My son is in 5th grade and with that comes harder math problems. Parents, including my wife and I (mostly my wife though), sit down with our children on a nightly basis to assist with working through some really complex material. Since most of us have not experienced this sort of problem solving since high school, it can become really overwhelming. There are two math apps that can provide parents with some background knowledge on solving tough math problem. WolframAlpha can help parents understand the steps that need to be taken to work out a certain math problem. The PhotoMath App allows parents to take a picture and obtain an answer for a particular math problem. Khan Academy and Common Sense Media’s Common Core Explorer are also exceptional resources that will help you brush up on your math methodology. Looking for additional research based programs and resources aimed at addressing the “at home math gap?” Look through Think Through Math’s research section for more information. By no means are these resources an antidote for the stressful environment math homework creates, but at least it’s a start.
Brad Currie is the author of the newly released 140 Twitter Tips for Educators. His other books include All Hands on Deck: Tools for Connecting Educators, Parents, and Communities and Personalized PD: Flipping Your Professional Development. He is one of the founding partners of Evolving Educators LLC. Brad is a 2014 ASCD Emerging Leader and Google Certified Trainer. Brad currently serves as a K-8 Supervisor of Instruction and Dean of Students for the Chester School District in Chester, NJ. He speaks and presents nationally about technology integration. Learn more about Brad by following him on Twitter @bradmcurrie or visiting his website at www.bradcurrie.net.
Burying our students. Sounds scary right? Sadly it's happening all over the world. Educators from all walks of life are allowing or helping students dig a hole that they can't possibly get out of. Have I been guilty of this before? Probably, and all for the sake of sending a message and holding them accountable for their actions. Why? Because it will prepare them for the real world. Really? Last I checked, I live and work in the real world and always get second chances. And so should students.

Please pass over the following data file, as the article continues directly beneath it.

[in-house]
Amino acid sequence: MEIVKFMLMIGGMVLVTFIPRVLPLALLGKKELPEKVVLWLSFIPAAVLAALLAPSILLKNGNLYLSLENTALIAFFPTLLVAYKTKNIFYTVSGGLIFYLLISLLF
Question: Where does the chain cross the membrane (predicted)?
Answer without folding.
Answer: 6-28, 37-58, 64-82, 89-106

Giving students a zero or letting them earn a zero is the easy way out in my opinion. Look, as a teacher I made the same error early on in my career. A student didn't hand in the assignment or project? No problem, you just earned yourself a zero. I will teach you a lesson. Really? As time went on though, I realized that there must be a better way. I would make sure every option imaginable was exhausted in order to put this student in a position to succeed. I would also question whether or not I was providing engaging learning experiences. Towards the end of my teaching career, I finally felt that I truly was doing right by kids. It was no longer cool to bury them and basically give them no chance to somehow learn the material on their terms.
As I transitioned to administration I wanted to make sure that student's best interests were kept at heart. It was no longer acceptable to simply hand out a zero or fail a child just because that's what they earned. It should be more about mastery of content rather than a "I gotcha!" Don't get wrong, at some point if a student does not do the work then they don't do the work. No one every said that being an educators was going to be easy. Motivation, differentiation, relevancy, innovation, and finding a way to connect with each child should always be at the forefront of all our minds. But this all easier said than done. It takes a different mind on behalf of all school stakeholders to understand that mastery of content trumps a student receiving a letter grade.
So how can students, parents, teachers, and administrators come together to ensure things stay above ground? Over the years I have experienced or researched the following best practices......
So what do you say, pull those students out of the holes that we have collectively dug, fill them back in, and make a commitment to never bury another student during your time as an educator. We will all be better off in the long run.